First, I’d like to say a warm hello to all my recent visitors from Canada! Welcome and I hope you enjoy what you find.
Second, the draft of Carpathian Campaign: A Novel of the Houses is done and has been put “on the back of the stove” to simmer while I work on a few other projects.
Third, the last edits on Circuits and Crises are finished, the cover art has been firmed up, and all looks on schedule for a mid-March release. It is much like the Elisabeth von Sarmas books – battles, Lander artifacts, the Turkowi, valiant deeds against terrific odds, and other fun stuff.
Fourth, I will be away from the Internet next week (yes, it is possible) and will close comments while I’m gone, so no one languishes waiting for approval. I do have posts lined up.
Fifth, I still need alpha readers for the Cat Among Dragons novel, A Cat at Bay. Please contact me at AlmaTCBoykin at AOL dot com if you are interested.
Caution: Serious Post Ahead
“There is no joy in [ideology].” Said by any number of political, religious, and other fanatics in the 19th-21st centuries.
No one ever depicts Marx, Engels, Lenin, Brezhnev, Gromyko, Erich Honecker, or the Ayatollah Khomeini smiling. I’ve seen posters of Stalin with a benevolent sort-of-smile, and Mao smiling at children or happy industrial workers, but there’s a reason most people over a certain age do not associate the Soviet Union, P.R.C., or the Islamic Republic with happiness, despite the propaganda. Nor do the words “environmentalism” and “pleasure” usually appear in the same sentence. It seems that among individuals or nation-states, first thing that disappears when a great ideological cause is embraced is the sense of humor. Because revolution and bringing about paradise on earth are serious business, and there is no room for laughter or joy in [ideology.] Or in some kinds of fiction, it seems. Continue reading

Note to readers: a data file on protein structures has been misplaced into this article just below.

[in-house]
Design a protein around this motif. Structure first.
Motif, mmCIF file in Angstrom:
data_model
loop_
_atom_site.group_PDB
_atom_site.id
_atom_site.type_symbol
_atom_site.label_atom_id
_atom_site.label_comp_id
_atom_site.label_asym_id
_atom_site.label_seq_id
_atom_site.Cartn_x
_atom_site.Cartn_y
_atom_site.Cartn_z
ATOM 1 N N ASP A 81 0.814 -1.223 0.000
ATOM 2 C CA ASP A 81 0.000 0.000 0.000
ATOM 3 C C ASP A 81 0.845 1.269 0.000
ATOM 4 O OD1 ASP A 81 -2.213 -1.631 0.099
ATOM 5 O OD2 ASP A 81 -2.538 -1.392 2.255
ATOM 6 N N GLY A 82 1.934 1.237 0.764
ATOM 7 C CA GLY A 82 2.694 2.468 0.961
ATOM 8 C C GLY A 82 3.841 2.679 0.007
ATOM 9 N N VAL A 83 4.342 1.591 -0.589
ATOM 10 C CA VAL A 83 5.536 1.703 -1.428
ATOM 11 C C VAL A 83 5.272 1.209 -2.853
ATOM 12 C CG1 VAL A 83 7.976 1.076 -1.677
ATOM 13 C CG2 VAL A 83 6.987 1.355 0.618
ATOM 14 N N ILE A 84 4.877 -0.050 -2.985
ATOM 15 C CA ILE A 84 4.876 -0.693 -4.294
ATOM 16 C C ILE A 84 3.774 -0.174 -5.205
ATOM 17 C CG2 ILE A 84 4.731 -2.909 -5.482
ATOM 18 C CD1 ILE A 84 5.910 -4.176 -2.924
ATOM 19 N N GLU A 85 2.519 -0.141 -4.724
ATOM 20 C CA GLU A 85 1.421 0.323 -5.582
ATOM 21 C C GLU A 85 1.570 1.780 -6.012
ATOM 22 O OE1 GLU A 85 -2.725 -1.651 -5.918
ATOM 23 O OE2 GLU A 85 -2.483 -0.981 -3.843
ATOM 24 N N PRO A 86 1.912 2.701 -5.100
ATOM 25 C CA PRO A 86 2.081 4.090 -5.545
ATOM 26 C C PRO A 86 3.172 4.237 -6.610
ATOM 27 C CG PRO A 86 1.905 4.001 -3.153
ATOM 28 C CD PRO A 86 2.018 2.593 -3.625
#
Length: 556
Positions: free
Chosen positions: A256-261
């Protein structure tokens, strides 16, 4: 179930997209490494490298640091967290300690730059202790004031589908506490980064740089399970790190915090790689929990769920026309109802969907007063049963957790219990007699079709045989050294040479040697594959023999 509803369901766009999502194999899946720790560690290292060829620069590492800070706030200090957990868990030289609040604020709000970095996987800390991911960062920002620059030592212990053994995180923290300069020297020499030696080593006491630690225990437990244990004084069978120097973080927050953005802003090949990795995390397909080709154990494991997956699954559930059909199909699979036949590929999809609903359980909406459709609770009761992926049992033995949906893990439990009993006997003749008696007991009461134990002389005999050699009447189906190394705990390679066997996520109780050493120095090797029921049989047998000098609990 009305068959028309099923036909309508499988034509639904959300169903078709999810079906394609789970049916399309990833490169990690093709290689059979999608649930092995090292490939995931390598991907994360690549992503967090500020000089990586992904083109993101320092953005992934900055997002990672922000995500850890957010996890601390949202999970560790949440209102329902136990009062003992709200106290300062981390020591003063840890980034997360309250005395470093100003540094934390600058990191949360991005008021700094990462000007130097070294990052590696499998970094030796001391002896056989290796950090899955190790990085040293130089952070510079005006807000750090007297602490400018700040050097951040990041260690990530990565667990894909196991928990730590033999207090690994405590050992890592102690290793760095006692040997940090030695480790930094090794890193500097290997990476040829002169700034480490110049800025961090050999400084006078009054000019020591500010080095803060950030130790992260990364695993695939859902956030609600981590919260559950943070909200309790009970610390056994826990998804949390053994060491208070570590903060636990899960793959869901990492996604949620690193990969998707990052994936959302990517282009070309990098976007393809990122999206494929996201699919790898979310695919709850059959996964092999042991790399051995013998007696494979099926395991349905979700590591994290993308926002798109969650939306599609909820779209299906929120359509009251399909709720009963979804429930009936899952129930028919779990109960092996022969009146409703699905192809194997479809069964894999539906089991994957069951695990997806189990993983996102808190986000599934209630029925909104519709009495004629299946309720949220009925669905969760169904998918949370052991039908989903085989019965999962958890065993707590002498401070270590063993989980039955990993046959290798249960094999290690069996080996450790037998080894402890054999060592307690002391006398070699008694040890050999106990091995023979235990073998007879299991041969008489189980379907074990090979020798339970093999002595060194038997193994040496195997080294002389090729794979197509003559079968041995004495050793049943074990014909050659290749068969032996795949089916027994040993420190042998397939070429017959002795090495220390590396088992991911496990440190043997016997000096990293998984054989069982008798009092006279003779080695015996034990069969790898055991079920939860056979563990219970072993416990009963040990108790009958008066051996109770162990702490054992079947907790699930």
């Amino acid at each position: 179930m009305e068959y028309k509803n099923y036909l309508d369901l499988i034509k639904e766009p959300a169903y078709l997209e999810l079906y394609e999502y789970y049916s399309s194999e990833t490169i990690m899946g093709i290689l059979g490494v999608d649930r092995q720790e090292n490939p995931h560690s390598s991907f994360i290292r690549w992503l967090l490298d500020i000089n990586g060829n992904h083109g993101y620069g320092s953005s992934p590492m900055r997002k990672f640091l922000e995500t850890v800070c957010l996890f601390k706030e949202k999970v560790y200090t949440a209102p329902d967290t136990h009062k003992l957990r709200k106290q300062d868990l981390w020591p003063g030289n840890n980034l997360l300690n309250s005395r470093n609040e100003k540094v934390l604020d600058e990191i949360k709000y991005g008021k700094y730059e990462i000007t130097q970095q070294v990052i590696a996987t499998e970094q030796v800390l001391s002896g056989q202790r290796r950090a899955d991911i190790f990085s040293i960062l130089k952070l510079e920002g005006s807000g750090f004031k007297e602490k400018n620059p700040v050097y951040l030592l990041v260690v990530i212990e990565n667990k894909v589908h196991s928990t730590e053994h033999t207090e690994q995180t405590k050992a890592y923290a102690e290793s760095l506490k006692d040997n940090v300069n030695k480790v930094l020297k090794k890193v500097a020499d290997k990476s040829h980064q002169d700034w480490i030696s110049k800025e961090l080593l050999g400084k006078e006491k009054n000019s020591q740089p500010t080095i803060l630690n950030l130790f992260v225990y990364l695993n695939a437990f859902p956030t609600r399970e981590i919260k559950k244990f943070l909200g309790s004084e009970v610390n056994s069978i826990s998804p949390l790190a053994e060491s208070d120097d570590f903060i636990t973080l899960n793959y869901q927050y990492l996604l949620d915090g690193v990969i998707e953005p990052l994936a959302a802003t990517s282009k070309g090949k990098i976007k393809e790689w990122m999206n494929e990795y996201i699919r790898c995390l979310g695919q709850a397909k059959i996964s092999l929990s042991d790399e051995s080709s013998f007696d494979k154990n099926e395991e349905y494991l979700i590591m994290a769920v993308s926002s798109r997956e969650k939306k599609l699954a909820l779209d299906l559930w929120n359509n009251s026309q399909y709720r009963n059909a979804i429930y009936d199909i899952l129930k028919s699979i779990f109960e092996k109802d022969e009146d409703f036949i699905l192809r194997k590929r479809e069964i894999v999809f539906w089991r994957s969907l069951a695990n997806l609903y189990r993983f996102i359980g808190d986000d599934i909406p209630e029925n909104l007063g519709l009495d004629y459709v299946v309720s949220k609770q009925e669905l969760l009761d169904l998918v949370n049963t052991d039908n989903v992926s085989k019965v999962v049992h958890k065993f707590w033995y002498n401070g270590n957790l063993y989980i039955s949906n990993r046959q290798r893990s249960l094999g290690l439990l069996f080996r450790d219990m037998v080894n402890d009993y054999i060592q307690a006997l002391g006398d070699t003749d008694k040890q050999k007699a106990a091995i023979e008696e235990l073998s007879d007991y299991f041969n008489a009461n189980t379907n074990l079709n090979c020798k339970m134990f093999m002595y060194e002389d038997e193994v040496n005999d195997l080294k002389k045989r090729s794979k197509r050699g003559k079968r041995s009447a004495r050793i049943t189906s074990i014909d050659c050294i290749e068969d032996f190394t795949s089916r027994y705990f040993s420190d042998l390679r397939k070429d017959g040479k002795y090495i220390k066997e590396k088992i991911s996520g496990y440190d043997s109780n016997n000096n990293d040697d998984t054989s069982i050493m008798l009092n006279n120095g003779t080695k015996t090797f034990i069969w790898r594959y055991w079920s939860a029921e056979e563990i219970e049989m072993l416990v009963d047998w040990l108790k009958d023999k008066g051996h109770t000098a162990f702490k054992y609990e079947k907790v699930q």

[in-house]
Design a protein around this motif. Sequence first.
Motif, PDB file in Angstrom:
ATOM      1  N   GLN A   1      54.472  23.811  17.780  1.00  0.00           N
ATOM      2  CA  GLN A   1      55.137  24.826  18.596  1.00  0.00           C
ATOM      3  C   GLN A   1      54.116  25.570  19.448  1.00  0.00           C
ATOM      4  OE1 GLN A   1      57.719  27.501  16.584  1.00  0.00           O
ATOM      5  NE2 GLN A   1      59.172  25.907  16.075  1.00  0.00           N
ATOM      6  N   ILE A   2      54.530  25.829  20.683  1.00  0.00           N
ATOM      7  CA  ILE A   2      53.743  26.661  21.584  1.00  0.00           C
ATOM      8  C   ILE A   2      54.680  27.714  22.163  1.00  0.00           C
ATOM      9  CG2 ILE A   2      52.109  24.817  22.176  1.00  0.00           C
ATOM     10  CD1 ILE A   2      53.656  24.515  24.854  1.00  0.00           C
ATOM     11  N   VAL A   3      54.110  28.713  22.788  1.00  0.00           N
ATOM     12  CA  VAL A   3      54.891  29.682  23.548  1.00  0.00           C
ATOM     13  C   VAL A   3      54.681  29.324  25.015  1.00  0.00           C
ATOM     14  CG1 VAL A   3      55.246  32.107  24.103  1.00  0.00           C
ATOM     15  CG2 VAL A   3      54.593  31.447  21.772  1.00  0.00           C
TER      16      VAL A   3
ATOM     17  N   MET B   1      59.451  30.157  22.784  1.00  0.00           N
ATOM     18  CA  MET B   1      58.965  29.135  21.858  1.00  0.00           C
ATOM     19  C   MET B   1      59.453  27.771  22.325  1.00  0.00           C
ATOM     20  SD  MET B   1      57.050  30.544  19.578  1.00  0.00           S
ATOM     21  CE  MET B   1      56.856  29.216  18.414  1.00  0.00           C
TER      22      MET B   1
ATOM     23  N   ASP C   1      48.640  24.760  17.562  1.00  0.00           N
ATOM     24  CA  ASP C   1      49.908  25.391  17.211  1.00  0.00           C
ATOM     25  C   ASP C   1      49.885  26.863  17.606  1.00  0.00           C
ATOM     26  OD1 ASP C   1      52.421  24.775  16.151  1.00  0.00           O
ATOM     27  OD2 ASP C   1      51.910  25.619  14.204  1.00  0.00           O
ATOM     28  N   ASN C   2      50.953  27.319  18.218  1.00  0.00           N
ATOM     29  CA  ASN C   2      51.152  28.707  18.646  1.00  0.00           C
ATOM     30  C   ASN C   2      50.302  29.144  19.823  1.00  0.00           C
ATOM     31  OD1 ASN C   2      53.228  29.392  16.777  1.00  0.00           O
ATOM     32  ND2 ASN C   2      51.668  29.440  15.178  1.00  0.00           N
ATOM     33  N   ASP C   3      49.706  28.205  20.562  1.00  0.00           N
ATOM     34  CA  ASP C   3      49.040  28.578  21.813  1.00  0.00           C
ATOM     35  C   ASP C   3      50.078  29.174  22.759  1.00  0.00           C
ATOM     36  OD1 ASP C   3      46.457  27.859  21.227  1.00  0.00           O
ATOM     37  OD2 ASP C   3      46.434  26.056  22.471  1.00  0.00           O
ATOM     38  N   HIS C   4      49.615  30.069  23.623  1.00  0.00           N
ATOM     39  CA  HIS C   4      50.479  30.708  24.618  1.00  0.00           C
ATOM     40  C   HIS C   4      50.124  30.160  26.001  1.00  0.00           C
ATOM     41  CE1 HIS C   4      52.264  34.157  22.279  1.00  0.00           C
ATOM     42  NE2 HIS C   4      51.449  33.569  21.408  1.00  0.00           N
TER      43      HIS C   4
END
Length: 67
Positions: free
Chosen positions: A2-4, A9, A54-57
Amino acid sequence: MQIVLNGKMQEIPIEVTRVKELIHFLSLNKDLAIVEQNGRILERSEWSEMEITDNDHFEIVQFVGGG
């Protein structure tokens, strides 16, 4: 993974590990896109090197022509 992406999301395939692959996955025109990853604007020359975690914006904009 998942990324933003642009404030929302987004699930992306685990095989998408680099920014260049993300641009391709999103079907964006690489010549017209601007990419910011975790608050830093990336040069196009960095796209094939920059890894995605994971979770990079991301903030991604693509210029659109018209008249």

The cranes flew over yesterday. High, grazing the bottom of the clouds, a score and more of slender shapes passed overhead, graceful and enormous. Their wild, trilling call caught my ear as I shoveled snow. I glanced up and saw the sandhill cranes for the first time in several years. The Siberian cold had finally driven them south, long after the geese and ducks had already fled for warmer lands. The brown shapes flew quickly past, looking for thick grain stubble and water.
Is a hover tank too much to ask for high school graduation? Really? All I wanted was a hover tank, with an instruction manual, some extra rounds of ammunition for the smaller guns, and money to hire the rest of the crew with. No? I would have settled for an Abrams or Merkava. Yes, I had a serious armor addiction when I was younger. I blame history books and David Drake. Continue reading
I need a few brave volunteers to read the draft of A Cat at Bay and poke holes in it. I know there’s some rough spots, but I also suspect I’m not seeing a few others. Please e-mail me at AlmaTCBoykin at AOL dot com if you are interested. here’s a bit of a teaser
Chapter 1: Home from the Hill (Autumn 2004)
Major Rahoul Khan winced as bright light flashed across his eyes his eyes, blinding him, then leaving him seeing spots as the beam swept around and down. He heard metal slide on metal, and a voice muttering curses in a language he’d not heard for three years.